According to McDonalds writings on the ketogenic diet, fat only converts 10% of the energy to glucose while protein converts 58%. So assuimig this, would consuming 50 gs of protein in one meal give the same insulin response as consuming 50*0,58= 29 gs of carbs?
Protein’s will have an insulin “index” response, just as carbs will and just as different carbs have different insulin response (high GI vs low GI), different proteins will have various differing insulin responses (depending on amino acid composition). Also, glucogensis 58% conversion of protein to glucose is the max conversion and will only occur if blood sugar is low (such as on keto diet). 58% of protein does not automatically convert to glucose, that is the max amount that “can” occur if the boidy calls for additional glucose that cann’t be supplied by carbs which is the bodies preferred source of glucose.
So I guess this is the reason to much protein will bring you out of ketosis huh? figures What are some of the proteins with the higher GI and where are they found? Whey, etc…
In general, faster digesting proteins (just like faster digest carbs - high GI) such as Whey will generate more insulin response. For some reason, I believe beef also has a high insulin response (probably one of the reasons red meat is so anabolic). Some nutritional researchers have started research on the insulin response of food being a better and truer gauge than just glycemic index. I have a web site showing some of their finding and will post it tonite.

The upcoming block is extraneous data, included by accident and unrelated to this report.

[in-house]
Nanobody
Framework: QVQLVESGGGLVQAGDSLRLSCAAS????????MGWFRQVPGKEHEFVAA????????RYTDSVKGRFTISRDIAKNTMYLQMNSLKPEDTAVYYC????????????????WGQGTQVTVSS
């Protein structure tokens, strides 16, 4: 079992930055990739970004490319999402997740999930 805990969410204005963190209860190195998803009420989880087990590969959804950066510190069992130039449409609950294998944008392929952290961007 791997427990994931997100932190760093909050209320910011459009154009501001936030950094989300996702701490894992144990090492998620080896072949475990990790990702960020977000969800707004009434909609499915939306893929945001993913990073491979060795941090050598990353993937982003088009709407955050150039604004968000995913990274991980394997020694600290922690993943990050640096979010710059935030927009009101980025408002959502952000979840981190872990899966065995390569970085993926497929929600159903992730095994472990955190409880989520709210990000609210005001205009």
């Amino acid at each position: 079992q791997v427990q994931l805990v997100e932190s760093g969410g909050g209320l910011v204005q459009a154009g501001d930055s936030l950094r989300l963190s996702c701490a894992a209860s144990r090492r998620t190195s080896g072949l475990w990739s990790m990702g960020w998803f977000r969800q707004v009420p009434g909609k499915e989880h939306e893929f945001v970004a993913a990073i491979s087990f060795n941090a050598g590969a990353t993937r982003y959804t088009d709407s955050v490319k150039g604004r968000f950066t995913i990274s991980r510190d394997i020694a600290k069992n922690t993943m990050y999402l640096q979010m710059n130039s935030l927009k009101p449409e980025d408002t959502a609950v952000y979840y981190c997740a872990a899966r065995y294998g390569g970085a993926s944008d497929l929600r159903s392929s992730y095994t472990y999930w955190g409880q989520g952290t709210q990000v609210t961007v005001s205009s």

Checkout: venus.nildram.co.uk/ veganmc/insulin.htm
Could you please post the link again? I dont think its correct. Anyway, Heb, so you think it would be OK to have a nice juicy steak with a tbsp of honey post w/o on my lowcarb diet? Would elicit a decent insulin response…
I typed in the link just as posted (no www) and it worked for me. Honey has a lot of fructose which cann’t be used for muscle glycogen restorage. Fructose and honey are low GI so won’t have as high insulin response as regular carbs and most of the honey (due to fructose) will be stored as liver glycogen (which isn’t all a bad thing probably on low carb diet as liver glycogen provides glucose for the brain). If not trying to replace muscle glycogen, a little honey is ok.
So Heb, if you’re on a low carb diet and you’re glycogen depleted, if you pound a 70 gram protein meal you’ll still illicit an insuline response?
Also, doesn’t liver glycogen turn into muscular/skeletal glycogen eventually?